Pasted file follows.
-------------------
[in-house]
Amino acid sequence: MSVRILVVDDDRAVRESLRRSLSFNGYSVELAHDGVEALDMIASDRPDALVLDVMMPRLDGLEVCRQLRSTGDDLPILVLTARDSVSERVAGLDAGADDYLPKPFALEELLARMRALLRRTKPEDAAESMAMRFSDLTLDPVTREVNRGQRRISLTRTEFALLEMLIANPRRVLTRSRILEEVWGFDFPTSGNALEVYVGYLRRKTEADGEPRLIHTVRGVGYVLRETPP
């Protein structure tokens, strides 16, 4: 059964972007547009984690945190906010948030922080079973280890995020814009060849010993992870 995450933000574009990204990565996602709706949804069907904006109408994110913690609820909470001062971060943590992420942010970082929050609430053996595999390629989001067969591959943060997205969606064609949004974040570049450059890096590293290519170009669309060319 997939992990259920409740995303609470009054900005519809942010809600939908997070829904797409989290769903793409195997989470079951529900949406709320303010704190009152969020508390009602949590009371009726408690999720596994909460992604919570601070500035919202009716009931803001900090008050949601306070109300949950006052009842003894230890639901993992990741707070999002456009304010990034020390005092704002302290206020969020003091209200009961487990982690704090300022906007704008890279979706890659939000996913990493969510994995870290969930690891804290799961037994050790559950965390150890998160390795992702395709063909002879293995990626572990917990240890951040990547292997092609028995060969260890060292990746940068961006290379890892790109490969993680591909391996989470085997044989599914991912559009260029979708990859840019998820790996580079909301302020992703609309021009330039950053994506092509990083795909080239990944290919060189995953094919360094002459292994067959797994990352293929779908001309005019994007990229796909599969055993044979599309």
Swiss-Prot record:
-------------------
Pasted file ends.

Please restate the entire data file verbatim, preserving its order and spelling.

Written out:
[in-house]
Amino acid sequence: MSVRILVVDDDRAVRESLRRSLSFNGYSVELAHDGVEALDMIASDRPDALVLDVMMPRLDGLEVCRQLRSTGDDLPILVLTARDSVSERVAGLDAGADDYLPKPFALEELLARMRALLRRTKPEDAAESMAMRFSDLTLDPVTREVNRGQRRISLTRTEFALLEMLIANPRRVLTRSRILEEVWGFDFPTSGNALEVYVGYLRRKTEADGEPRLIHTVRGVGYVLRETPP
């Protein structure tokens, strides 16, 4: 059964972007547009984690945190906010948030922080079973280890995020814009060849010993992870 995450933000574009990204990565996602709706949804069907904006109408994110913690609820909470001062971060943590992420942010970082929050609430053996595999390629989001067969591959943060997205969606064609949004974040570049450059890096590293290519170009669309060319 997939992990259920409740995303609470009054900005519809942010809600939908997070829904797409989290769903793409195997989470079951529900949406709320303010704190009152969020508390009602949590009371009726408690999720596994909460992604919570601070500035919202009716009931803001900090008050949601306070109300949950006052009842003894230890639901993992990741707070999002456009304010990034020390005092704002302290206020969020003091209200009961487990982690704090300022906007704008890279979706890659939000996913990493969510994995870290969930690891804290799961037994050790559950965390150890998160390795992702395709063909002879293995990626572990917990240890951040990547292997092609028995060969260890060292990746940068961006290379890892790109490969993680591909391996989470085997044989599914991912559009260029979708990859840019998820790996580079909301302020992703609309021009330039950053994506092509990083795909080239990944290919060189995953094919360094002459292994067959797994990352293929779908001309005019994007990229796909599969055993044979599309």
Swiss-Prot record: